The Lowland

The Lowland

by

Jhumpa Lahiri

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The Lowland: Part 7, Chapter 3 Summary & Analysis

Summary
Analysis
One afternoon, Bela takes her daughter Meghna to the beachy cove where Subhash first taught her to swim; on the way back, she notices a stand selling corn, and stops her car. No one is manning the stand, and there is an honor system in place—a price list, and a coffee can with a slit in the lid. Bela wonders who would be so trusting and begins visiting the stand once a week.
The vegetable stand Bela encounters makes her consider her duty to others and is also a symbol of presence in absence—though no one is manning the stand, someone has set it up.
Themes
Duty and Desire Theme Icon
Presence in Absence Theme Icon
One Saturday, a man is there, running the stand. He has some lambs with him in a crate. Bela begins talking with him, and they find that they were both born in Rhode Island and had attended high schools near one another. The man introduces himself to Bela—and Meghna­—as Drew. Throughout the week, Meghna asks about Drew and his animals, and each time Meghna and Bela visit the stand she plays with the lambs, chicks, puppies, and kittens Drew brings while Bela and Drew talk. Drew gives Bela free produce and explains that he lives on and works his family’s farm with the help of some people from the community. One afternoon, Drew offers to give Bela and Meghna a tour of the farm and drives them over.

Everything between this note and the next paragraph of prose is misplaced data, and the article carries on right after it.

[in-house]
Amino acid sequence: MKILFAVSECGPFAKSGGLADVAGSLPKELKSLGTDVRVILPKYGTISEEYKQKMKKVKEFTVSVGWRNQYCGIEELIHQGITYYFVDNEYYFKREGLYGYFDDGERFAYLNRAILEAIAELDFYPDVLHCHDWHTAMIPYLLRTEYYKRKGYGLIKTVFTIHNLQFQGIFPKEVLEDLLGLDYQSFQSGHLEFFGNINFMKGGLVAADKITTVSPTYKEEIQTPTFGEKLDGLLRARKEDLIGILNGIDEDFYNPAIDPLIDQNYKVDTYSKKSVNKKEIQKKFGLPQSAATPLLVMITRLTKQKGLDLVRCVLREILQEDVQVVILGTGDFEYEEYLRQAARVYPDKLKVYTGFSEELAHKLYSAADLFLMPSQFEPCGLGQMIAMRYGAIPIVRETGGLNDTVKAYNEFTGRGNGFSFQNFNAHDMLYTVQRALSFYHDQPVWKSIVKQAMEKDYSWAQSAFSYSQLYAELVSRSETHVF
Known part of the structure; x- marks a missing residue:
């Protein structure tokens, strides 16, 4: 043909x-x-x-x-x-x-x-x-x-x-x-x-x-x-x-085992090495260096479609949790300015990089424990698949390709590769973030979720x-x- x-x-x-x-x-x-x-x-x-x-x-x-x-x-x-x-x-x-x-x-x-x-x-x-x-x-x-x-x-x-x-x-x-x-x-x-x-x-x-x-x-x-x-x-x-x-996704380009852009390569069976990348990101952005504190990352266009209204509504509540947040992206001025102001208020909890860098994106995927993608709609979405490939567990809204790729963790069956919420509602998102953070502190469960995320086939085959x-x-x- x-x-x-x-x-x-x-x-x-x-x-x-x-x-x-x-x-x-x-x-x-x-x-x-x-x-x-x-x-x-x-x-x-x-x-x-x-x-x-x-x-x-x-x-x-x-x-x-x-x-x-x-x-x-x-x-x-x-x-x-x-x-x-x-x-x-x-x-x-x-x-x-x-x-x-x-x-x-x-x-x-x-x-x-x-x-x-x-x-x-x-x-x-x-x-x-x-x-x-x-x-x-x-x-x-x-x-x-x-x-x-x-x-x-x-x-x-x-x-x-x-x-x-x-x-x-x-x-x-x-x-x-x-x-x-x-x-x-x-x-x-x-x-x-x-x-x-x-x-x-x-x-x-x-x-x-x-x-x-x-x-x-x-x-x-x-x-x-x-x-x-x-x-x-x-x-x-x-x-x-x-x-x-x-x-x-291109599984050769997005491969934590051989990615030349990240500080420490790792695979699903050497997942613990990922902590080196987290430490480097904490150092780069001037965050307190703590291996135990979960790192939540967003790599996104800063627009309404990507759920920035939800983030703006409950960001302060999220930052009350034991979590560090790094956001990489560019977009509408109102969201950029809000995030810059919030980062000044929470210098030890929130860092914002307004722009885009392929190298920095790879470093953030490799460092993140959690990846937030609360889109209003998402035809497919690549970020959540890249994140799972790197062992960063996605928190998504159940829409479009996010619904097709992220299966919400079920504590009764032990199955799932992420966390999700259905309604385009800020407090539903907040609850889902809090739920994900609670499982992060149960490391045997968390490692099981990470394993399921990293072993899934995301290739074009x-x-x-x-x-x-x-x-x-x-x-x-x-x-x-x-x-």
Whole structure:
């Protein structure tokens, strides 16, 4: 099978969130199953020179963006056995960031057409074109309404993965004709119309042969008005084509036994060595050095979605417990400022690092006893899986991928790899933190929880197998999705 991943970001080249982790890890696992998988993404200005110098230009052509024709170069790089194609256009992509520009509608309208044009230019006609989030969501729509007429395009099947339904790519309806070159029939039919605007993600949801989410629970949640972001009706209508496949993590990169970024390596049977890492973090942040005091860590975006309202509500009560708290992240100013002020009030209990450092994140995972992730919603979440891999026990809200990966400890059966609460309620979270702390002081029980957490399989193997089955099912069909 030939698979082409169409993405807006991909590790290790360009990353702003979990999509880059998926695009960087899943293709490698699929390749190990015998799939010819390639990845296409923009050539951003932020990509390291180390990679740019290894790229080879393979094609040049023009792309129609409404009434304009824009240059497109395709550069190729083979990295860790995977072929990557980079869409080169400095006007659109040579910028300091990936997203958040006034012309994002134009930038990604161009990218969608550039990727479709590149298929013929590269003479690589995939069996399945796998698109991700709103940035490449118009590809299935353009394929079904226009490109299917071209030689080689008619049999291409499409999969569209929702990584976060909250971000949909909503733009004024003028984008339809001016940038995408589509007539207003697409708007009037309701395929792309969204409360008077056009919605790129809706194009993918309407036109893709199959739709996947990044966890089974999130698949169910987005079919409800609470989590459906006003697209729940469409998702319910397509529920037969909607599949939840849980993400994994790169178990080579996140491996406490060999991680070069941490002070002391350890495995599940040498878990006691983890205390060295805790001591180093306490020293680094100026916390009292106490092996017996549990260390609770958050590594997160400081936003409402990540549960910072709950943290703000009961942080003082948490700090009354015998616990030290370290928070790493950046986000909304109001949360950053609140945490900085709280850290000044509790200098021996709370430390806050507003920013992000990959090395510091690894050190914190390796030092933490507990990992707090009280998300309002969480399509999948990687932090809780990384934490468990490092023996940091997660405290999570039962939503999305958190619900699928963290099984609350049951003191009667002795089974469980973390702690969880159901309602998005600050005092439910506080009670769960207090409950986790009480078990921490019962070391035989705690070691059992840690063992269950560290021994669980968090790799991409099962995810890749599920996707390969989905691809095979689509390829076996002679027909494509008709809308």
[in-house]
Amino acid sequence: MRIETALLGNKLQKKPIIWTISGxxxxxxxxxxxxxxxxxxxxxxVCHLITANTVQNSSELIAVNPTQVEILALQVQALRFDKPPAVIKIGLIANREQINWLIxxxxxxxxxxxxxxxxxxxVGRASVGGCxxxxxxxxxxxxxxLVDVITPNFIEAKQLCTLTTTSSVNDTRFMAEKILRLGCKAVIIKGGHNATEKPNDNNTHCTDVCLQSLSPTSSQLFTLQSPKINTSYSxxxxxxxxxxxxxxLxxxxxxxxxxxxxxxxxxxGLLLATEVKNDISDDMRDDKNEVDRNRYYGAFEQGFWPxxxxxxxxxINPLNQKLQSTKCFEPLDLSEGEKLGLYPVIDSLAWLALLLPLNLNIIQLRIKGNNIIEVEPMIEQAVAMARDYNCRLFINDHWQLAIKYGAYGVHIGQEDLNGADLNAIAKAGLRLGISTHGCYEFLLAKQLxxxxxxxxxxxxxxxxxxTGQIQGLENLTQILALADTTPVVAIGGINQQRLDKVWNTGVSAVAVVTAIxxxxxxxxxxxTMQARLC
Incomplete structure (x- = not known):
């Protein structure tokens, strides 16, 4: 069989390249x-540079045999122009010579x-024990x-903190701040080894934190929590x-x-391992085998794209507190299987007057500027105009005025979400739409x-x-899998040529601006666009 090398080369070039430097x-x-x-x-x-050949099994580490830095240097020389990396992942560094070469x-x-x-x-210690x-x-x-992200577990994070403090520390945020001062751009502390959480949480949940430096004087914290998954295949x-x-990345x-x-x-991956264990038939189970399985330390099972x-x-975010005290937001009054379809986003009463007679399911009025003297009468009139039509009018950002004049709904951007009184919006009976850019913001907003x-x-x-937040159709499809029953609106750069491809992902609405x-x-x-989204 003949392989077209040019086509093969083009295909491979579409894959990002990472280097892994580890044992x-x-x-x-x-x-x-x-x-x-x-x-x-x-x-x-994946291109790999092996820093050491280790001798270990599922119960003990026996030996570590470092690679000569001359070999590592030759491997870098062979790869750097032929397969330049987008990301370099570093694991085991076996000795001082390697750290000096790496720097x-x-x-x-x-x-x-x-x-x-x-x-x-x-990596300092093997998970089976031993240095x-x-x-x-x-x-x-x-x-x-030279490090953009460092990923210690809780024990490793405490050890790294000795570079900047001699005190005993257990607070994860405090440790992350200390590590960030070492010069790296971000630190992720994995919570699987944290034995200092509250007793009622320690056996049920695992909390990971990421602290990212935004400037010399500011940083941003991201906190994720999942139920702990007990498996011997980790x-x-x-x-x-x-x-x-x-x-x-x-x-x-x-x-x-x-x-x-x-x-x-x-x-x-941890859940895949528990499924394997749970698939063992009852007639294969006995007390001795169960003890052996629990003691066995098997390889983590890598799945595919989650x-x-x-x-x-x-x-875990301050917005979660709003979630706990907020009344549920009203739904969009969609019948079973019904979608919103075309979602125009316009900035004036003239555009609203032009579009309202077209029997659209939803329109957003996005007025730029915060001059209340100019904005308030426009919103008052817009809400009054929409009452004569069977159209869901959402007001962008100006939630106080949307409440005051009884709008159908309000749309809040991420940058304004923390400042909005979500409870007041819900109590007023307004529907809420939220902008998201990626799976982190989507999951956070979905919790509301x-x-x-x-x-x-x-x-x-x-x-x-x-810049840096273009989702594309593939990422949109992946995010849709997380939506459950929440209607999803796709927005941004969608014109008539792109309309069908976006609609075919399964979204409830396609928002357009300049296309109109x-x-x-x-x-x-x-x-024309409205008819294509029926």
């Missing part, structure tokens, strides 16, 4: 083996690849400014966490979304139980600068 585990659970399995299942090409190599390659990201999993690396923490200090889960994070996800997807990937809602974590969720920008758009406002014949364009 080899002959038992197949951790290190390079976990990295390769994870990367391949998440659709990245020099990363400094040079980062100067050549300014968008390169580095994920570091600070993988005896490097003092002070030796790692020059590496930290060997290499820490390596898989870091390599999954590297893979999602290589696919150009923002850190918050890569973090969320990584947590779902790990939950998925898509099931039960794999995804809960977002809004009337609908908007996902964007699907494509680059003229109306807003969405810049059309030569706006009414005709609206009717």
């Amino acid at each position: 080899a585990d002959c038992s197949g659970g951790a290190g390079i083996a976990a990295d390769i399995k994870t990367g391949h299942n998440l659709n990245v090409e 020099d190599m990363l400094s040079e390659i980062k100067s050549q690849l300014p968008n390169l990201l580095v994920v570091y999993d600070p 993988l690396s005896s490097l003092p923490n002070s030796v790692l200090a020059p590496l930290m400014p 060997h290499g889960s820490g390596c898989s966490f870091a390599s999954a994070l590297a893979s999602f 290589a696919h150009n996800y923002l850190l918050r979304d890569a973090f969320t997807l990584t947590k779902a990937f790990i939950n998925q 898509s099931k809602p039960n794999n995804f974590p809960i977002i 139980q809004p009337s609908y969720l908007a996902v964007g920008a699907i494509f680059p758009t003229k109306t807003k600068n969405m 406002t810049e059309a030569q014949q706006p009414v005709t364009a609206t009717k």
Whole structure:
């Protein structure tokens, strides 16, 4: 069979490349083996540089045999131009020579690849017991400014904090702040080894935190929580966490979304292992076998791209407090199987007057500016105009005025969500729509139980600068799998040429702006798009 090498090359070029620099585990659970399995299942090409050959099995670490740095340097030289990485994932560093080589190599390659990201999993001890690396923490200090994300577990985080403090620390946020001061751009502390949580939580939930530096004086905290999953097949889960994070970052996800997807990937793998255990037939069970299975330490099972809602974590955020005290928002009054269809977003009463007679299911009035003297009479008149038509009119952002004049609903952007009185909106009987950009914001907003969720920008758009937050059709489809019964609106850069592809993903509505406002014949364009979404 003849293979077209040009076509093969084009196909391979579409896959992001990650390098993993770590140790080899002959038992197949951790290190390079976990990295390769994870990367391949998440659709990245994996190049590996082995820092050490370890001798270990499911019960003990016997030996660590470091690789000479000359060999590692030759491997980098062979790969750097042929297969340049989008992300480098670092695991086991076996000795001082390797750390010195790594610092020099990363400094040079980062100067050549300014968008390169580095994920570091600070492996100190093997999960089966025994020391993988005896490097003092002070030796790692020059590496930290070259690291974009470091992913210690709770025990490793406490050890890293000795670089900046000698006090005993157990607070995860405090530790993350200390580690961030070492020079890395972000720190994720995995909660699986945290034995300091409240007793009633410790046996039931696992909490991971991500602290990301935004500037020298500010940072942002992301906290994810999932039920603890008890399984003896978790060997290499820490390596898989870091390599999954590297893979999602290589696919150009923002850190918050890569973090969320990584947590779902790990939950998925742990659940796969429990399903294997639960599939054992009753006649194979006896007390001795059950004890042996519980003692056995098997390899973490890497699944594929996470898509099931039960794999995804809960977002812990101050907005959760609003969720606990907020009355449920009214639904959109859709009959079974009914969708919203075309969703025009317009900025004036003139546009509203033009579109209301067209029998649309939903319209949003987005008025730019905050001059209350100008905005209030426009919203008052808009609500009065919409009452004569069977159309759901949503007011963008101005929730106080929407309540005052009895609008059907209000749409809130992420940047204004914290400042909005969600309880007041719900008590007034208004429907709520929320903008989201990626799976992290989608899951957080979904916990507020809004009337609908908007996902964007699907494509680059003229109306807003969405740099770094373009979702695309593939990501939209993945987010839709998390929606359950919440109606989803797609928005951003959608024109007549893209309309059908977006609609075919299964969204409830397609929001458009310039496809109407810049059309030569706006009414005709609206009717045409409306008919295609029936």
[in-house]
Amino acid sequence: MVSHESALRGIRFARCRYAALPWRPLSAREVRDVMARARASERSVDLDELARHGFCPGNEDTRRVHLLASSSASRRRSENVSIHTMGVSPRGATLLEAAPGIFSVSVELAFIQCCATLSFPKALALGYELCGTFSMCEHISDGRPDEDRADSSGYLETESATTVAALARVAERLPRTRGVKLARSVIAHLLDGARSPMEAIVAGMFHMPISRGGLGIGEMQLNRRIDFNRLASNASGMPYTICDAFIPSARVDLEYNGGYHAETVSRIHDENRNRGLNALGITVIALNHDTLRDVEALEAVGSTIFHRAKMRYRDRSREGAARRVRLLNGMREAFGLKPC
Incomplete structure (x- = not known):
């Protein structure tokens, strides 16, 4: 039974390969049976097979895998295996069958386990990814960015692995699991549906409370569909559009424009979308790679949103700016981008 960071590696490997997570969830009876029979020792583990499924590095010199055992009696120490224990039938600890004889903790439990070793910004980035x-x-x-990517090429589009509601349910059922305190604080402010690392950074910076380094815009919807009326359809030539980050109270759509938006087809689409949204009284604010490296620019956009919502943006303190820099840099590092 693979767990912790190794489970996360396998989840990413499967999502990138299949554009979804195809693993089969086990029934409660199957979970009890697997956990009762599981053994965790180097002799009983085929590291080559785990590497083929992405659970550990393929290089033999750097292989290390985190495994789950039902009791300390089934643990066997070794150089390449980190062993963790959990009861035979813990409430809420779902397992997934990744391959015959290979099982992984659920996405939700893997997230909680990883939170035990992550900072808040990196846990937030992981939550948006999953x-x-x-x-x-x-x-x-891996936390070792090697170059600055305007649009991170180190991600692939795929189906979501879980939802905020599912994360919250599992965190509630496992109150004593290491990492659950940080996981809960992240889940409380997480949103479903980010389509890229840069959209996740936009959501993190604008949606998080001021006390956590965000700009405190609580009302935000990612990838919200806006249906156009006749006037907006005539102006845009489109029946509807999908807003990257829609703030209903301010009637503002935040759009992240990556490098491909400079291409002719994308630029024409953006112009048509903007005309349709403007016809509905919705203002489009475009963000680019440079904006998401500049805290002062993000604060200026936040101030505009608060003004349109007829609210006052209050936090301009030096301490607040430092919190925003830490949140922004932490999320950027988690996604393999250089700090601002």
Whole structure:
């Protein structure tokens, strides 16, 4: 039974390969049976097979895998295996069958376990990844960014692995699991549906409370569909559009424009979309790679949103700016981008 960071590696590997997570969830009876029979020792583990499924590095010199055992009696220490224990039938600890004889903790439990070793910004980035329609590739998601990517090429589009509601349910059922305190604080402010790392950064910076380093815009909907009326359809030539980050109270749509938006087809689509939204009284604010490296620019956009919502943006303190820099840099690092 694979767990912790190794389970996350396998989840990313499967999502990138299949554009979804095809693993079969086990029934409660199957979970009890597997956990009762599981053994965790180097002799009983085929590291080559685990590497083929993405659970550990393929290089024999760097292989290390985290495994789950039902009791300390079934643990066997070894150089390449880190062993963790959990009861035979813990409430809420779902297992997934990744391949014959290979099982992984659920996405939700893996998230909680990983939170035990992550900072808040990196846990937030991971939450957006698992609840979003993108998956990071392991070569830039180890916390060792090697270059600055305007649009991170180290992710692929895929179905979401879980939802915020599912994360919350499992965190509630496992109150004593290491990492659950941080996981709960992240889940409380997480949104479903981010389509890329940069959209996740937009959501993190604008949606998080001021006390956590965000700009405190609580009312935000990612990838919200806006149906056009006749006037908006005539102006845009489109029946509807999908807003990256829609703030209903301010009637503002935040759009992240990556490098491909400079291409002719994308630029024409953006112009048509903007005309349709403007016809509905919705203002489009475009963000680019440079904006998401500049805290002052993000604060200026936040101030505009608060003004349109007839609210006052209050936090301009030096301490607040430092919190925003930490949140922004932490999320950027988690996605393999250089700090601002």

Drew is much like Bela—socially-conscious, tender, and interested in cultivating things from the earth. Though Bela is aloof and holds herself at a distance from others, she finds herself drawn to Drew—and the fact that Meghna likes him, and asks about him frequently, gives her a kind of permission to pursue a connection with him.
Themes
Duty and Desire Theme Icon
Bela and Drew begin seeing each other. Bela helps him with his farm stand, and Drew begins making small toys for Bela. The two grow closer, and soon Bela introduces Drew to Subhash and Elise, but Bela is still not fully honest with Drew—she tells him that her mother is dead. This is what she always tells people when they ask. Bela has repeated the lie so many times that she has begun to believe it herself.
Bela grows closer to Drew, but also keeps him at arm’s length by lying to him about her mother and keeping secrets about the truth of her life. 
Themes
Duty and Desire Theme Icon
Secrets and Conspiracies Theme Icon
Drew wants to escalate his relationship with Bela—he wants her to begin spending nights at his house, so that they can wake up together in the mornings. Bela insists she has Meghna to think of and does not want to take such a step casually. At the end of the summer, Drew tells Bela that he is in love with her, and that he wants to be a father to Meghna. Bela at last tells Drew the truth about her mother and explains that Gauri’s abandonment is the reason she has never stayed with just one person or in just one place. She tells Drew, too, about Udayan, and the truth of her parentage. Drew listens intently and promises Bela that he isn’t going anywhere.
Bela is caught between her desire for Drew and her sense of duty to Meghna, and fears that she will not be able to reconcile the two. A poor example of how to handle the impulses of duty and desire has been set, after all, by Gauri, and (unbeknownst to Bela) Subhash, too. As Bela finally confesses the truth about her mother to Drew, though, she begins to heal, and becomes the first person in her family to consciously, responsibly negotiate duty and desire.
Themes
Duty and Desire Theme Icon
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